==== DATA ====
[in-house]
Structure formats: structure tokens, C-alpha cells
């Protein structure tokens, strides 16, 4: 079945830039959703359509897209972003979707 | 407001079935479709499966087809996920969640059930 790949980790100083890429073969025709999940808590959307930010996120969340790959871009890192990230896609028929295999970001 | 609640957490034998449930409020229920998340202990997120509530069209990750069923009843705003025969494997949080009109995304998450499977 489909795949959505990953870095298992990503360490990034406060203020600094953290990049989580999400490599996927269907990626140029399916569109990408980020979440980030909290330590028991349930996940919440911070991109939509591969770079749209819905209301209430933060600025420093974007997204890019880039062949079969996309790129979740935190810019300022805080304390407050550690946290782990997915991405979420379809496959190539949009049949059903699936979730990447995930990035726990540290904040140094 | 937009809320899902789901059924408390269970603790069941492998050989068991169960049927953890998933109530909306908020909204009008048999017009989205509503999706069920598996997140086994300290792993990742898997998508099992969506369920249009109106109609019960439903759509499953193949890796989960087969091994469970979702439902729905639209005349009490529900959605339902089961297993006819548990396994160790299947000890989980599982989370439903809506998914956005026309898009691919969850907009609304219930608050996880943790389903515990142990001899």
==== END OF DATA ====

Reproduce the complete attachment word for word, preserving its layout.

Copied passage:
[in-house]
Structure formats: structure tokens, C-alpha cells
């Protein structure tokens, strides 16, 4: 079945830039959703359509897209972003979707 | 407001079935479709499966087809996920969640059930 790949980790100083890429073969025709999940808590959307930010996120969340790959871009890192990230896609028929295999970001 | 609640957490034998449930409020229920998340202990997120509530069209990750069923009843705003025969494997949080009109995304998450499977 489909795949959505990953870095298992990503360490990034406060203020600094953290990049989580999400490599996927269907990626140029399916569109990408980020979440980030909290330590028991349930996940919440911070991109939509591969770079749209819905209301209430933060600025420093974007997204890019880039062949079969996309790129979740935190810019300022805080304390407050550690946290782990997915991405979420379809496959190539949009049949059903699936979730990447995930990035726990540290904040140094 | 937009809320899902789901059924408390269970603790069941492998050989068991169960049927953890998933109530909306908020909204009008048999017009989205509503999706069920598996997140086994300290792993990742898997998508099992969506369920249009109106109609019960439903759509499953193949890796989960087969091994469970979702439902729905639209005349009490529900959605339902089961297993006819548990396994160790299947000890989980599982989370439903809506998914956005026309898009691919969850907009609304219930608050996880943790389903515990142990001899």